As for my papers, the majority were hopelessly water-damaged, but miraculously (I know that's the second time I used that adverb), most of my original songs as well as the second half of my manuscript, In Search of the Spirit were intact. Much of the rest I have on disk else lawyers and accountants have duplicates.
Kenyon we took to the vet immediately yesterday morning, and he needed two vaccines, antibiotics, a program employing a special shampoo, de-worming pills, and was given a diagnosis of arthritis in his right front paw (and what I call in ignorance his ankle--fetlock?). He hardly wagged his tail Thursday but by last night it had begun to wag as he joyfully presented me with my dirty socks, which he loves to smell and chew and carry around like a prize that I must pry away from him.
Initially he looked so depressed I asked the veterinarian, at Kathleen's behest, if dogs could take Prozac, but he said no. We'll love him back into health, and swimming and grass and dirt surfaces (rather than the endless stone streets of San Miguel) should improve his limp, along with resuming his glycosamine.
He looked like he'd aged three years in one; that's 21 human years!--long enough to attain legal drinking age. Kathleen and I have likely aged three years as well, so if any of you are shocked by our appearance upon our return to the States, forgive our wasted youth--but it was worth it.
We're having a big party today at a restaurant to celebrate Kenyon's release and to say good-bye to our friends, who regularly beg us not to leave (I'm known, among other things, as "Dr. Feelgood" here, for helping with any number of psychiatric maladies, many serious, referred by word of mouth through other Gringos.) Kathleen has been dubbed "The Silver Queen of San Miguel," not only because she's beautiful, but being deaf, everyone mistakes her for the most compassionate and patient listener they've ever met.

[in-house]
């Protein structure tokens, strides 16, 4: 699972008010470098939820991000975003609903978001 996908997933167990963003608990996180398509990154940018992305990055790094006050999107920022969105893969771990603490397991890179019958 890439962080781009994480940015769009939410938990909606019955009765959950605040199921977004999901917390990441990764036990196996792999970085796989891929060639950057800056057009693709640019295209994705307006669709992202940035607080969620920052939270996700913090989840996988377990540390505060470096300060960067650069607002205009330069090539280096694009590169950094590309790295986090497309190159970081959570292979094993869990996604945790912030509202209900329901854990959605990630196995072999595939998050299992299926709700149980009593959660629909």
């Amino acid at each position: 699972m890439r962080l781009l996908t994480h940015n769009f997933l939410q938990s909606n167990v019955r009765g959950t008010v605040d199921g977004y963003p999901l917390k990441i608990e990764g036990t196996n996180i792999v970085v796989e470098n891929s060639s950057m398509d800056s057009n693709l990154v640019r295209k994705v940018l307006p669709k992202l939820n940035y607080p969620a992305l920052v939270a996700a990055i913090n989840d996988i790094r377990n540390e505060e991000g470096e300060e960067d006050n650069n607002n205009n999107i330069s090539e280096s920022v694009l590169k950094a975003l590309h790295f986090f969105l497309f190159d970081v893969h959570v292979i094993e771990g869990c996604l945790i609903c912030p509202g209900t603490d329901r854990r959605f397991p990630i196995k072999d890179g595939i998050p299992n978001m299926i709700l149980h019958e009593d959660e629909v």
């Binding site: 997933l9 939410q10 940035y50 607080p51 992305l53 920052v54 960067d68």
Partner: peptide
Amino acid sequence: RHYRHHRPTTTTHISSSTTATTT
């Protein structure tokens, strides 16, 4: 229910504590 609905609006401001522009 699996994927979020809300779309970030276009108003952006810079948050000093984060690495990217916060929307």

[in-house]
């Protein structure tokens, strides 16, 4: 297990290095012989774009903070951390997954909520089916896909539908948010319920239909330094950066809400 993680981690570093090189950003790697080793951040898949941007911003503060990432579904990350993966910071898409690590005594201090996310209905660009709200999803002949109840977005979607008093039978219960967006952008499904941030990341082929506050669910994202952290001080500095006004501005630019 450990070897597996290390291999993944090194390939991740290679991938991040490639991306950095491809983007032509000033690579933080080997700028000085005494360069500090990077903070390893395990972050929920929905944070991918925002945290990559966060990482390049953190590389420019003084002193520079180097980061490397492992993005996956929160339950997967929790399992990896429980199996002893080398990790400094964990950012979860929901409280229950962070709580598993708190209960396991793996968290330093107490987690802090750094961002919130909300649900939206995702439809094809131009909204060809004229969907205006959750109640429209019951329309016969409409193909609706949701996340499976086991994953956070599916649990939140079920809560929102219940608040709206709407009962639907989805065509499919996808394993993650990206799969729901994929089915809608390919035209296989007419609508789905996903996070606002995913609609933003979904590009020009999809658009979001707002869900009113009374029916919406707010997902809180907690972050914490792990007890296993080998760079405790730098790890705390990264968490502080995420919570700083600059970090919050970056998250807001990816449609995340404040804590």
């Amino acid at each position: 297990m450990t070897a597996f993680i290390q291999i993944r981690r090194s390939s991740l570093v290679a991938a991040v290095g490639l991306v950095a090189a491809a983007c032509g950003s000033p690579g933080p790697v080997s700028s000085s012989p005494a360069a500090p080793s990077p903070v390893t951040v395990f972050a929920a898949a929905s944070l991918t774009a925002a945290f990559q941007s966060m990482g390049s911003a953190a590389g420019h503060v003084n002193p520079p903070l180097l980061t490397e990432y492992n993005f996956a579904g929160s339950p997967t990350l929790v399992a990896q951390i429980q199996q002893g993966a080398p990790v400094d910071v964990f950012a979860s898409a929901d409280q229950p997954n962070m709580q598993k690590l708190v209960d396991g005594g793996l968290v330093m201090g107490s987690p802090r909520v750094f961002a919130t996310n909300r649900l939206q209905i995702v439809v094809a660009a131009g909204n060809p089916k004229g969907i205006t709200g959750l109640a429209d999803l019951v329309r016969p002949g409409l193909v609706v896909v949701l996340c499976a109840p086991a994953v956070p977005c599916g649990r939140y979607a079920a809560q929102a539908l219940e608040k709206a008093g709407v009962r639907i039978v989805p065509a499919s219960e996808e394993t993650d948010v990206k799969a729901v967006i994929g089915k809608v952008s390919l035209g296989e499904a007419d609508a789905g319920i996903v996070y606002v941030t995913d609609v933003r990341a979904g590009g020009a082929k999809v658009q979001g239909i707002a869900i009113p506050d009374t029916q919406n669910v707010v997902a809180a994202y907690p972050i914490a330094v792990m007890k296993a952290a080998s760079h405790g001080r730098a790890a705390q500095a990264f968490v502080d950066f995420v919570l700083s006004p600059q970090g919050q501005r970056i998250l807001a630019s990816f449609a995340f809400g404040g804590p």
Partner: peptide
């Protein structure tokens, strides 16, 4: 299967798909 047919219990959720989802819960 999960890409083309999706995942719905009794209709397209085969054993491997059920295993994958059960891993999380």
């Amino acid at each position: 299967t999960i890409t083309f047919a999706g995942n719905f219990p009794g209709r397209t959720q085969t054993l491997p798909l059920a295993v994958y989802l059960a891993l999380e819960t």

Kathleen and I are halfway through the 3rd draft of my Eliot opus and will finish it before we leave so the last issue of Melic can be released. She's a tough editor! She makes me "want to be a better writer." And yes, Jack, I am taking my pills.
We hope to leave for the States next Wednesday or Thursday (2/15-2/16) and will first stop in San Diego for my doctor's appointment, visiting with Ralph and family, and afterwards head to Long Beach to see two of our daughters, lastly to parts north to see Rachel and our grandson, Jacob, as well as my faithful siblings.
After that we hope to settle north of San Francisco near the blue pacific and a clear river, tentatively Ft. Bragg, whose economic depression may render housing affordable.
God how I miss the greens and blues of Northern California!
So glad we can share this happiness with you, but this is not the end of my blog or the story; re-adjusting to the U.S. may read a little like Stranger in a Strange Land or A Connecticut Yankee in King Arthur's Court.
We give thanks to God, our friends, our family, and to Prosecutor Garza who stuck with us all the way when our own lawyers deserted us.
Do take a moment today to celebrate with us. Put down that paper and enjoy some good news!
Thine in Truth and Art,
C. E. Chaffin